Diversity, Equity and Inclusion! We hear these words a lot, in the media, in our workplaces, even in everyday conversation…but what do they mean when applied to transportation? These are complex issues without simple answers, deserving of time and attention by all who care about the availability of accessible transportation for all who live in our communities.
The National Aging and Disability Transportation Center’s (NADTC) Transportation Diversity, Equity and Inclusion Survey was developed in collaboration with a National Advisory Committee. The survey was conducted in partnership with V&L Research and Consulting between February 23 and April 19, 2021. A total of 2,435 diverse older adults, younger adults with disabilities and caregivers responded, representing all 50 states plus the District of Columbia.
The definition of diversity adopted for the survey encompasses racial, ethnic and cultural diversity and includes Tribal elders and people with disabilities, new immigrant groups, those with Limited English Proficiency (LEP), non-English speakers, and LGBTQ+ individuals. The graph on the right shows the percent of responses received from African American, AAPI (Asian and Pacific Islander), Hispanic, Native American and Other older adults, younger adults with disabilities and caregivers. Respondents categorized as “Other” include Arab/Middle Eastern + Multi-racial + respondents who checked “Not Listed” and “Prefer not to answer” + White respondents, who were included only if they identified as LGBTQ+ or were caregivers for people from diverse backgrounds. Among all respondents, 821 were immigrants, refugees and/or foreign-born, while 312 identified as LGBTQ.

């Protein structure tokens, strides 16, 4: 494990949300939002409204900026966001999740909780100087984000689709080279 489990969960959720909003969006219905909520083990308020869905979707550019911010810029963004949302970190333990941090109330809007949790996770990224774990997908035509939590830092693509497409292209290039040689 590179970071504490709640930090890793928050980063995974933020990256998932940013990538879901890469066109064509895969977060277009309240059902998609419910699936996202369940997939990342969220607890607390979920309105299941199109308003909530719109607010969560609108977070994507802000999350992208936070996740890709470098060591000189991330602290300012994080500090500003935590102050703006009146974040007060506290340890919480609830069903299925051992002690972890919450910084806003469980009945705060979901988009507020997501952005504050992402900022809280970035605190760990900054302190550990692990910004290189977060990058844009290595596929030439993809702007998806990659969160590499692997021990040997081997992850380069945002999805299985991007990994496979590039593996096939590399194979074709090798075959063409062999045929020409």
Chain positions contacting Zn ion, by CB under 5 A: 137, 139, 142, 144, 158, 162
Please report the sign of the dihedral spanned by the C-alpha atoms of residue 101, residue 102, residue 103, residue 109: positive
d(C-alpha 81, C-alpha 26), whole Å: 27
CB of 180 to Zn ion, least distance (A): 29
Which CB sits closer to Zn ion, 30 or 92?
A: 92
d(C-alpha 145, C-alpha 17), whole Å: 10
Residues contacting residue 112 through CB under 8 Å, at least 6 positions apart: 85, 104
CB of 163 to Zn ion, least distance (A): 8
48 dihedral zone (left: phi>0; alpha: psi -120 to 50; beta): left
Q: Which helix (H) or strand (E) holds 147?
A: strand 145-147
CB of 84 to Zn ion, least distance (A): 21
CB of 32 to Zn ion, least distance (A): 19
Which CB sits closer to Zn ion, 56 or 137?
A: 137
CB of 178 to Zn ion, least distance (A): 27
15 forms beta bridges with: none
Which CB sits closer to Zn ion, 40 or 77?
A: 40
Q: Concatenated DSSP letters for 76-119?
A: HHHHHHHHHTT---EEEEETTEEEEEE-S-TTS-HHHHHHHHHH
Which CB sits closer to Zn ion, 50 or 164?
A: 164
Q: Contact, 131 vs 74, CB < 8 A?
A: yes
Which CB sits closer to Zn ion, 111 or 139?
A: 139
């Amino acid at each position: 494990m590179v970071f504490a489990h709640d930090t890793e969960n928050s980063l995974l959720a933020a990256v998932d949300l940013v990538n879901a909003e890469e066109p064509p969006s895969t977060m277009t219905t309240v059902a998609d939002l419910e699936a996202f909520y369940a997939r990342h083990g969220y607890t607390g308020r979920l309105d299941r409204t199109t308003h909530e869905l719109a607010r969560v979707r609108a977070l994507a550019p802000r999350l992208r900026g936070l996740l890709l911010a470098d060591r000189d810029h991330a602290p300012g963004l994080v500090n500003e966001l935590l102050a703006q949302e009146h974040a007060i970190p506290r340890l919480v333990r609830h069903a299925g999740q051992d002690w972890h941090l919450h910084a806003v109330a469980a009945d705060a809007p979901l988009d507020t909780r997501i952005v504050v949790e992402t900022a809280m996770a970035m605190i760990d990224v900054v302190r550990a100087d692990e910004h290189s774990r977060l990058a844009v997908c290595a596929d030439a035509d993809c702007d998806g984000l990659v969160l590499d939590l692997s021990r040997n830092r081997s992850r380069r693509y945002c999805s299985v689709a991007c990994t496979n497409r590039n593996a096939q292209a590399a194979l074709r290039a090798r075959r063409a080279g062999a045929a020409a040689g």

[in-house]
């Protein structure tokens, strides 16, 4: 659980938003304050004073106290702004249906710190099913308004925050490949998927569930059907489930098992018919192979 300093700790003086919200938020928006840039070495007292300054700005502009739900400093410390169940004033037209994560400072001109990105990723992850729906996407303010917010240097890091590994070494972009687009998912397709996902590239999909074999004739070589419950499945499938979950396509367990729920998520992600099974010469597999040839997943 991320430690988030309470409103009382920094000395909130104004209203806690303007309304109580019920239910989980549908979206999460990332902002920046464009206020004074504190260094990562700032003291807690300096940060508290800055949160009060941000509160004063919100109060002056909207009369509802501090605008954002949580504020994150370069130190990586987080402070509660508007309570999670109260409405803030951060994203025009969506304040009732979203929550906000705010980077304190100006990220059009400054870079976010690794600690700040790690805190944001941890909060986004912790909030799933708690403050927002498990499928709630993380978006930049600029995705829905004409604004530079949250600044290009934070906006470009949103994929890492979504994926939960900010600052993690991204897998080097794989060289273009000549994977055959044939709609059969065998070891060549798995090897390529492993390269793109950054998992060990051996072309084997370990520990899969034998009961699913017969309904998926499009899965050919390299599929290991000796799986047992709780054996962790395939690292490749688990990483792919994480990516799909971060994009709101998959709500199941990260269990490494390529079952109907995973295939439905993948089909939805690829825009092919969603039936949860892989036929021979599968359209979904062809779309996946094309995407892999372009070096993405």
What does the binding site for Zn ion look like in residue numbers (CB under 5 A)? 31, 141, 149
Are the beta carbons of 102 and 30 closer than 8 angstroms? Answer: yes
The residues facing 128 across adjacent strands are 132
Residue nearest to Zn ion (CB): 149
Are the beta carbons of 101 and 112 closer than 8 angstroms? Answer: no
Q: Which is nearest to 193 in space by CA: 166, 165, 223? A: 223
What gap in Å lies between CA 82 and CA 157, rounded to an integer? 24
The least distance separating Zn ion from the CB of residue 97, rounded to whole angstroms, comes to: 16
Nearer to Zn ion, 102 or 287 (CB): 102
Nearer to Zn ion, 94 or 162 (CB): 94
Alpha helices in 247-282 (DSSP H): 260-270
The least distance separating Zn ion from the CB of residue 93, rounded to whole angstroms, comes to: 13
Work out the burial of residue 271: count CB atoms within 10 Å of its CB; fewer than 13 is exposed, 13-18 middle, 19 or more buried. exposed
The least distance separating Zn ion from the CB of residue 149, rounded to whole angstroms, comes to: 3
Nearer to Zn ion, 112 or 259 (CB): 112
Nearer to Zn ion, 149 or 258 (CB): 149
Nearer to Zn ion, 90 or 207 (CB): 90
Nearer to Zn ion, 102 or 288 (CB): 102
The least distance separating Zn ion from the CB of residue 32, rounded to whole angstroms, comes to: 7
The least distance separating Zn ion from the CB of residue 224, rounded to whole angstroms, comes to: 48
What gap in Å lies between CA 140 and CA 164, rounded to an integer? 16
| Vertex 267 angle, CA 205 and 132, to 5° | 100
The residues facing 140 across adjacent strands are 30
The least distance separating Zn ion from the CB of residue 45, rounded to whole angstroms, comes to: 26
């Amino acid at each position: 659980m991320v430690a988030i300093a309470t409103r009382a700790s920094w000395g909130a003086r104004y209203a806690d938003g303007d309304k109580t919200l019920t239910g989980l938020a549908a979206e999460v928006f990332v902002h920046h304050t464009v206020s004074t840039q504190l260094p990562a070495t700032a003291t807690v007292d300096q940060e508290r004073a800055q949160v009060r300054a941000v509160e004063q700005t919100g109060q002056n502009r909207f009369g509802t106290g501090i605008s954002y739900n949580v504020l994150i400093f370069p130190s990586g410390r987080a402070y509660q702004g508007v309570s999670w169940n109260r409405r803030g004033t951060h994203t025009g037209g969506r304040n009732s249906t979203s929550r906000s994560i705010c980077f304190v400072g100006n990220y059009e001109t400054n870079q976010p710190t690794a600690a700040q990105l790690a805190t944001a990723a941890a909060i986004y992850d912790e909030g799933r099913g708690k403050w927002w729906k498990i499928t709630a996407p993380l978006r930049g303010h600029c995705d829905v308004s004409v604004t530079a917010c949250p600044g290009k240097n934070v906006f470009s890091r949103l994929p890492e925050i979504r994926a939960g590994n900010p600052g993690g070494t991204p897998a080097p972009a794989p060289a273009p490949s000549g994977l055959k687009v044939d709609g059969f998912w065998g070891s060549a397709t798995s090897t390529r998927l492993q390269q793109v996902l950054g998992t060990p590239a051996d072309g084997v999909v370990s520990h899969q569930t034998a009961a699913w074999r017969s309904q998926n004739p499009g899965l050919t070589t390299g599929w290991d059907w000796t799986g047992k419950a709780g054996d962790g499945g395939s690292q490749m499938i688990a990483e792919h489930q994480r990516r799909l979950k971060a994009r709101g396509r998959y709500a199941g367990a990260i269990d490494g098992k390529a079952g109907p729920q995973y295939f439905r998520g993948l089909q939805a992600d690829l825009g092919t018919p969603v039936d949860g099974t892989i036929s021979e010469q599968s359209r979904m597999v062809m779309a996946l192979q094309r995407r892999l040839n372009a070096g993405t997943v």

Through the survey, we wanted to learn about the transportation experiences of diverse older adults, younger adults with disabilities and caregivers and their hopes for transportation in their communities that would better meet their needs. NADTC’s work on behalf of older adults and people with disabilities is based on an understanding that individual needs can be quite different. Different races, ethnicities and cultures, as well as geographic differences, are characteristics that must be considered if everyone in the community who needs transportation has the opportunity to use transportation services to get where they need and want to go.
Summary of Findings
It came as no surprise to learn that the primary destinations where both diverse older adults and diverse younger adults with disabilities told us they need or want to go are to medical appointments, grocery stores, pharmacies and to visit family or friends. Across racial and ethnic groups, diverse older adults are much more likely to drive a personal vehicle than are diverse younger adults with disabilities.
The diverse caregivers who responded to the survey were more likely to provide rides to their loved ones than to arrange rides. Most caregivers also reported that it was difficult to find transportation alternatives that meet the needs of the person for whom they provide care, whether the care receiver is a younger adult with disabilities or an older adult.